Saturday, Jan 26, 2008 6:20PM UTC
SINGAPORE (Reuters) - A choir that planned to sing a list of complaints about life in Singapore cancelled its performances after the city-state banned its foreign members from singing, organizers said on Saturday.
The 60-member "complaints choir", a concept that originated from two Finnish artists, was scheduled to perform at a weekend festival but authorities granted a performance license on the condition that the foreigners would not participate.
"Our conductor is Malaysian, so how could the choir go ahead without him?" said Melissa Lim, the festival organizer.
Singapore's Media Development Authority said the license was conditional because the lyrics touched on "domestic affairs" and it preferred only Singaporeans take part.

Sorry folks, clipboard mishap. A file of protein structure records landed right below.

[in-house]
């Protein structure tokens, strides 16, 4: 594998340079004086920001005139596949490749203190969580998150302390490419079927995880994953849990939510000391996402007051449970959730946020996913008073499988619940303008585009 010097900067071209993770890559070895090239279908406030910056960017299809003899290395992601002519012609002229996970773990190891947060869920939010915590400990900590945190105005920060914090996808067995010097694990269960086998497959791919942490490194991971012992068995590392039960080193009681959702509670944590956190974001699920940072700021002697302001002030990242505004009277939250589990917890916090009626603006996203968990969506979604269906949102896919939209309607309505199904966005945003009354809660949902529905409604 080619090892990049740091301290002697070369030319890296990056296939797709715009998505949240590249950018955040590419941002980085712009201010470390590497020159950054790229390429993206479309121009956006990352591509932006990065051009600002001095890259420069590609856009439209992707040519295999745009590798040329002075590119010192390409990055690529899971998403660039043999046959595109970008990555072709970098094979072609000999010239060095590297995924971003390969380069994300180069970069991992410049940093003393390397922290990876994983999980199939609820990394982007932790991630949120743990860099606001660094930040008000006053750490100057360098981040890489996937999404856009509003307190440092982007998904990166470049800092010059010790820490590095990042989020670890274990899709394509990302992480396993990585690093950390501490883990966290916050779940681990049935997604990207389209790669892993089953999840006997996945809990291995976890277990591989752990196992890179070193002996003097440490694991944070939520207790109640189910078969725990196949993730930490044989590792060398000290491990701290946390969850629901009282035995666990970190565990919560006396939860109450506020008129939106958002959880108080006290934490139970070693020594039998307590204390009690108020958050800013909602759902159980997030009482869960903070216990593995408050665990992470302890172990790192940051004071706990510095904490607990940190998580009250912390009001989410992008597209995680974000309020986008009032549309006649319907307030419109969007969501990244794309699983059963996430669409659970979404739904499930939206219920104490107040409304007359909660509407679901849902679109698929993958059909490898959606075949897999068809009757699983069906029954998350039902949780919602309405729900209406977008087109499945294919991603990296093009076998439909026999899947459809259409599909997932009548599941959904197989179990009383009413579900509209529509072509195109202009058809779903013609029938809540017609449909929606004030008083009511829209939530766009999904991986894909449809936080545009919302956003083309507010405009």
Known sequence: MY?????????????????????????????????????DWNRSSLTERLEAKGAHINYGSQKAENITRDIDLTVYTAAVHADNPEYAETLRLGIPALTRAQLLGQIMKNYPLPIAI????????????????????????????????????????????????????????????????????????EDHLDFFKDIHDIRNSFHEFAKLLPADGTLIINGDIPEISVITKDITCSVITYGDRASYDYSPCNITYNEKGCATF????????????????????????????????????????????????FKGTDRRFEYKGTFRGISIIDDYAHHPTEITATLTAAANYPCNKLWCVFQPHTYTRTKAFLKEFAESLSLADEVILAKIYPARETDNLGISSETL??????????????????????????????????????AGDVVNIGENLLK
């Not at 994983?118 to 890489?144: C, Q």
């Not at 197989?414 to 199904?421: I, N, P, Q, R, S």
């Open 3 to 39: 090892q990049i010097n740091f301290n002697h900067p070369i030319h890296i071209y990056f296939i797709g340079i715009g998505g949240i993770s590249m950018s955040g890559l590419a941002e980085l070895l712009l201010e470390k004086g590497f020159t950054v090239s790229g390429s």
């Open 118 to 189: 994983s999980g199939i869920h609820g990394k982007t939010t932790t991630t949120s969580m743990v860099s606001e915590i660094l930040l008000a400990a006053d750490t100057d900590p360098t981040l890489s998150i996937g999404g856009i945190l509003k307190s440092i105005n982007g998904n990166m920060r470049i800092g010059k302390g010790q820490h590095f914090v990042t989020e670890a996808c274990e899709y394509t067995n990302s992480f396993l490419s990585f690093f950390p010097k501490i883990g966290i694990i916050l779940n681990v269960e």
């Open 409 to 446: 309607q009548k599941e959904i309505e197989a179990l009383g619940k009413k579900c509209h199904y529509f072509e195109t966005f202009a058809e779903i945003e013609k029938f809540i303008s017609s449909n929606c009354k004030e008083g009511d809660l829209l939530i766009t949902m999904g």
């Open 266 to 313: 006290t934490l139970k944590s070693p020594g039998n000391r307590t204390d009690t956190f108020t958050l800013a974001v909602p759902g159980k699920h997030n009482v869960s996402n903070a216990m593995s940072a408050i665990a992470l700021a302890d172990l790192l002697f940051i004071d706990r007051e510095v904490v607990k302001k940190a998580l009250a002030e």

Some of the complaints that would have been sung included, "when a pregnant lady gets on the train, everyone pretends to sleep" and "when I'm hungry at the food court, I see people (reserve) seats with tissue paper".
Singapore, which faces a low birth rate and a graying population, has turned increasingly to immigrants to boost its work force. It aims to add another 2 million people to the island's 4.7 million people over the next 40 to 50 years.
The city-state is frequently criticized by human rights groups for its restrictions on expression and the media.
(Reporting by Melanie Lee; Editing by Michael Winfrey)